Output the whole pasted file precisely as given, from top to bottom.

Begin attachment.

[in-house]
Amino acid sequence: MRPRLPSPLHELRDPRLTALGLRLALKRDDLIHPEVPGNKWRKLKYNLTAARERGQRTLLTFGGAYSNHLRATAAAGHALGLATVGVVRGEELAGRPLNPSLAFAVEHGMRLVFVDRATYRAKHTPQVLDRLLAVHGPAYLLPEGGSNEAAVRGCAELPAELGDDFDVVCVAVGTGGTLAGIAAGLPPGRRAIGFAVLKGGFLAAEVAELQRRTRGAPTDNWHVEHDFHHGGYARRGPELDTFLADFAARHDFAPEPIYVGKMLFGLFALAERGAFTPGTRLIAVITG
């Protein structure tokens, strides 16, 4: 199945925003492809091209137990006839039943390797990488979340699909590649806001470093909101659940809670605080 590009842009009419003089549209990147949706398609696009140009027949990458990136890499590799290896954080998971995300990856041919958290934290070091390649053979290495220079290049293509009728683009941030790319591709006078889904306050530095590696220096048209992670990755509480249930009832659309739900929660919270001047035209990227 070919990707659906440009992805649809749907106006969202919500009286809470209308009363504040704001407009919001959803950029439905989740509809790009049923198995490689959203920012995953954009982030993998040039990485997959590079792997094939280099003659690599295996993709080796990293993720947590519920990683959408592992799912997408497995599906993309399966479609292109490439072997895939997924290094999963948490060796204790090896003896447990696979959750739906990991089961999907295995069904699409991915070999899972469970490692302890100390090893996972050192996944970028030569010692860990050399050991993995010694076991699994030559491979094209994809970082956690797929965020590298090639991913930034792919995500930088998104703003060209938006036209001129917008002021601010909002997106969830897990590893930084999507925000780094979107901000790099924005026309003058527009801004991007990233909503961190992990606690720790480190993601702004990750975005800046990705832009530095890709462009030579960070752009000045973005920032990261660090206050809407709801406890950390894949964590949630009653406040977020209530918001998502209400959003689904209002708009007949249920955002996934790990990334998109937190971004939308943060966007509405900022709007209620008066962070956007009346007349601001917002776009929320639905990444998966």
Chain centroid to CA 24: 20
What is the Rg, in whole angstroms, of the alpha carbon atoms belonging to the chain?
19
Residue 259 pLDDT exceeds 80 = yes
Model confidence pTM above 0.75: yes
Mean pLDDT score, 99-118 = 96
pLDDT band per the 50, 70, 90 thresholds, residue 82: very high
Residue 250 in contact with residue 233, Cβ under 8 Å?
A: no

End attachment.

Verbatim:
[in-house]
Amino acid sequence: MRPRLPSPLHELRDPRLTALGLRLALKRDDLIHPEVPGNKWRKLKYNLTAARERGQRTLLTFGGAYSNHLRATAAAGHALGLATVGVVRGEELAGRPLNPSLAFAVEHGMRLVFVDRATYRAKHTPQVLDRLLAVHGPAYLLPEGGSNEAAVRGCAELPAELGDDFDVVCVAVGTGGTLAGIAAGLPPGRRAIGFAVLKGGFLAAEVAELQRRTRGAPTDNWHVEHDFHHGGYARRGPELDTFLADFAARHDFAPEPIYVGKMLFGLFALAERGAFTPGTRLIAVITG
């Protein structure tokens, strides 16, 4: 199945925003492809091209137990006839039943390797990488979340699909590649806001470093909101659940809670605080 590009842009009419003089549209990147949706398609696009140009027949990458990136890499590799290896954080998971995300990856041919958290934290070091390649053979290495220079290049293509009728683009941030790319591709006078889904306050530095590696220096048209992670990755509480249930009832659309739900929660919270001047035209990227 070919990707659906440009992805649809749907106006969202919500009286809470209308009363504040704001407009919001959803950029439905989740509809790009049923198995490689959203920012995953954009982030993998040039990485997959590079792997094939280099003659690599295996993709080796990293993720947590519920990683959408592992799912997408497995599906993309399966479609292109490439072997895939997924290094999963948490060796204790090896003896447990696979959750739906990991089961999907295995069904699409991915070999899972469970490692302890100390090893996972050192996944970028030569010692860990050399050991993995010694076991699994030559491979094209994809970082956690797929965020590298090639991913930034792919995500930088998104703003060209938006036209001129917008002021601010909002997106969830897990590893930084999507925000780094979107901000790099924005026309003058527009801004991007990233909503961190992990606690720790480190993601702004990750975005800046990705832009530095890709462009030579960070752009000045973005920032990261660090206050809407709801406890950390894949964590949630009653406040977020209530918001998502209400959003689904209002708009007949249920955002996934790990990334998109937190971004939308943060966007509405900022709007209620008066962070956007009346007349601001917002776009929320639905990444998966």
Chain centroid to CA 24: 20
What is the Rg, in whole angstroms, of the alpha carbon atoms belonging to the chain?
19
Residue 259 pLDDT exceeds 80 = yes
Model confidence pTM above 0.75: yes
Mean pLDDT score, 99-118 = 96
pLDDT band per the 50, 70, 90 thresholds, residue 82: very high
Residue 250 in contact with residue 233, Cβ under 8 Å?
A: no